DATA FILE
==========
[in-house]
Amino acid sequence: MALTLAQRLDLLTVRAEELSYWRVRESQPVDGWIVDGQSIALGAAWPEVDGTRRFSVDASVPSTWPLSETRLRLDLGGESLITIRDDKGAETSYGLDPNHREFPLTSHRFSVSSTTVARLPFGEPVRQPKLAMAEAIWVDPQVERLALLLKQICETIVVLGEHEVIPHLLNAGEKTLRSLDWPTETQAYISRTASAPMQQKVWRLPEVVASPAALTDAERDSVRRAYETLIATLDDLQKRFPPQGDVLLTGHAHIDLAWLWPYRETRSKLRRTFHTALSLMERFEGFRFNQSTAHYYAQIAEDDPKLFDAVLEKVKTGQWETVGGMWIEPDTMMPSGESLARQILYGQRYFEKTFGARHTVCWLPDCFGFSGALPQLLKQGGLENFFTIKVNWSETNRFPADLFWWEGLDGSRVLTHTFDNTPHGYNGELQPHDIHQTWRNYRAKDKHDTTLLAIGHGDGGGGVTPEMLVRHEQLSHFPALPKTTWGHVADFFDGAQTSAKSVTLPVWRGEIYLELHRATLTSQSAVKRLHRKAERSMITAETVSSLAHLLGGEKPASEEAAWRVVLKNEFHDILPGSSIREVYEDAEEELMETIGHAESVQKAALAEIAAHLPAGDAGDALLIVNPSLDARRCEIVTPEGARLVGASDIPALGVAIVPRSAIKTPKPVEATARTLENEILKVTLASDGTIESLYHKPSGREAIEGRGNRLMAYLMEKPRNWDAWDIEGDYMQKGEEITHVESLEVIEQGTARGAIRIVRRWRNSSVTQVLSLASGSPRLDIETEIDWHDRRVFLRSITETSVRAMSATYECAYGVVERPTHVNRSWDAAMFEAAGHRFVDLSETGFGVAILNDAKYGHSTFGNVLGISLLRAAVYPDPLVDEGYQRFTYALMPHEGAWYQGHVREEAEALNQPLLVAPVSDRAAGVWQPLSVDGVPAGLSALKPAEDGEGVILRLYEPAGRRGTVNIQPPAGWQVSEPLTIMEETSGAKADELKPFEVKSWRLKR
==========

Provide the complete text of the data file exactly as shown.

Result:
[in-house]
Amino acid sequence: MALTLAQRLDLLTVRAEELSYWRVRESQPVDGWIVDGQSIALGAAWPEVDGTRRFSVDASVPSTWPLSETRLRLDLGGESLITIRDDKGAETSYGLDPNHREFPLTSHRFSVSSTTVARLPFGEPVRQPKLAMAEAIWVDPQVERLALLLKQICETIVVLGEHEVIPHLLNAGEKTLRSLDWPTETQAYISRTASAPMQQKVWRLPEVVASPAALTDAERDSVRRAYETLIATLDDLQKRFPPQGDVLLTGHAHIDLAWLWPYRETRSKLRRTFHTALSLMERFEGFRFNQSTAHYYAQIAEDDPKLFDAVLEKVKTGQWETVGGMWIEPDTMMPSGESLARQILYGQRYFEKTFGARHTVCWLPDCFGFSGALPQLLKQGGLENFFTIKVNWSETNRFPADLFWWEGLDGSRVLTHTFDNTPHGYNGELQPHDIHQTWRNYRAKDKHDTTLLAIGHGDGGGGVTPEMLVRHEQLSHFPALPKTTWGHVADFFDGAQTSAKSVTLPVWRGEIYLELHRATLTSQSAVKRLHRKAERSMITAETVSSLAHLLGGEKPASEEAAWRVVLKNEFHDILPGSSIREVYEDAEEELMETIGHAESVQKAALAEIAAHLPAGDAGDALLIVNPSLDARRCEIVTPEGARLVGASDIPALGVAIVPRSAIKTPKPVEATARTLENEILKVTLASDGTIESLYHKPSGREAIEGRGNRLMAYLMEKPRNWDAWDIEGDYMQKGEEITHVESLEVIEQGTARGAIRIVRRWRNSSVTQVLSLASGSPRLDIETEIDWHDRRVFLRSITETSVRAMSATYECAYGVVERPTHVNRSWDAAMFEAAGHRFVDLSETGFGVAILNDAKYGHSTFGNVLGISLLRAAVYPDPLVDEGYQRFTYALMPHEGAWYQGHVREEAEALNQPLLVAPVSDRAAGVWQPLSVDGVPAGLSALKPAEDGEGVILRLYEPAGRRGTVNIQPPAGWQVSEPLTIMEETSGAKADELKPFEVKSWRLKR